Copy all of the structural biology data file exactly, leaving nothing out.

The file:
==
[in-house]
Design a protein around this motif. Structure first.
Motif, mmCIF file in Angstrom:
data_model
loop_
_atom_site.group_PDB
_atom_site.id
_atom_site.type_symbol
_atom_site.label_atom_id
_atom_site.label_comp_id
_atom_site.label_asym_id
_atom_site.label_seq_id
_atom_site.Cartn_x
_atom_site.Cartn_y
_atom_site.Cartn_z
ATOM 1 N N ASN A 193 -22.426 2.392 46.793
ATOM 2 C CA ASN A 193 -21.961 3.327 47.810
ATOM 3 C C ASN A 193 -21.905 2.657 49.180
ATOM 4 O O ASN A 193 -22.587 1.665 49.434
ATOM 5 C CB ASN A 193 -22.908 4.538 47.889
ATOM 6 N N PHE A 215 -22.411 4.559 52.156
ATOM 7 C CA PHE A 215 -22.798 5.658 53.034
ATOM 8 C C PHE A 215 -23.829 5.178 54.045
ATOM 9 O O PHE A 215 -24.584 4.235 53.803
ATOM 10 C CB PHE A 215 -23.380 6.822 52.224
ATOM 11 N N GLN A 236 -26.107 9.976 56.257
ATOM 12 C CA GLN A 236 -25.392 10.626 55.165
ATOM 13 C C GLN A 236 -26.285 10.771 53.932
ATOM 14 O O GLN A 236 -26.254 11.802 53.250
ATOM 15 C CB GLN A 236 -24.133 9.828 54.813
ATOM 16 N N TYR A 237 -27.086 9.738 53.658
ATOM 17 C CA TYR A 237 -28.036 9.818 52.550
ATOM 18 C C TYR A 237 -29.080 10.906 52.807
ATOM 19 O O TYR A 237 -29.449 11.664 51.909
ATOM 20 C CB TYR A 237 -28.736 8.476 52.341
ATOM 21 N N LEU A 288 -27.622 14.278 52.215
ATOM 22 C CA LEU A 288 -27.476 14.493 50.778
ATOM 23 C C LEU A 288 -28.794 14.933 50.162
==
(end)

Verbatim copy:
[in-house]
Design a protein around this motif. Structure first.
Motif, mmCIF file in Angstrom:
data_model
loop_
_atom_site.group_PDB
_atom_site.id
_atom_site.type_symbol
_atom_site.label_atom_id
_atom_site.label_comp_id
_atom_site.label_asym_id
_atom_site.label_seq_id
_atom_site.Cartn_x
_atom_site.Cartn_y
_atom_site.Cartn_z
ATOM 1 N N ASN A 193 -22.426 2.392 46.793
ATOM 2 C CA ASN A 193 -21.961 3.327 47.810
ATOM 3 C C ASN A 193 -21.905 2.657 49.180
ATOM 4 O O ASN A 193 -22.587 1.665 49.434
ATOM 5 C CB ASN A 193 -22.908 4.538 47.889
ATOM 6 N N PHE A 215 -22.411 4.559 52.156
ATOM 7 C CA PHE A 215 -22.798 5.658 53.034
ATOM 8 C C PHE A 215 -23.829 5.178 54.045
ATOM 9 O O PHE A 215 -24.584 4.235 53.803
ATOM 10 C CB PHE A 215 -23.380 6.822 52.224
ATOM 11 N N GLN A 236 -26.107 9.976 56.257
ATOM 12 C CA GLN A 236 -25.392 10.626 55.165
ATOM 13 C C GLN A 236 -26.285 10.771 53.932
ATOM 14 O O GLN A 236 -26.254 11.802 53.250
ATOM 15 C CB GLN A 236 -24.133 9.828 54.813
ATOM 16 N N TYR A 237 -27.086 9.738 53.658
ATOM 17 C CA TYR A 237 -28.036 9.818 52.550
ATOM 18 C C TYR A 237 -29.080 10.906 52.807
ATOM 19 O O TYR A 237 -29.449 11.664 51.909
ATOM 20 C CB TYR A 237 -28.736 8.476 52.341
ATOM 21 N N LEU A 288 -27.622 14.278 52.215
ATOM 22 C CA LEU A 288 -27.476 14.493 50.778
ATOM 23 C C LEU A 288 -28.794 14.933 50.162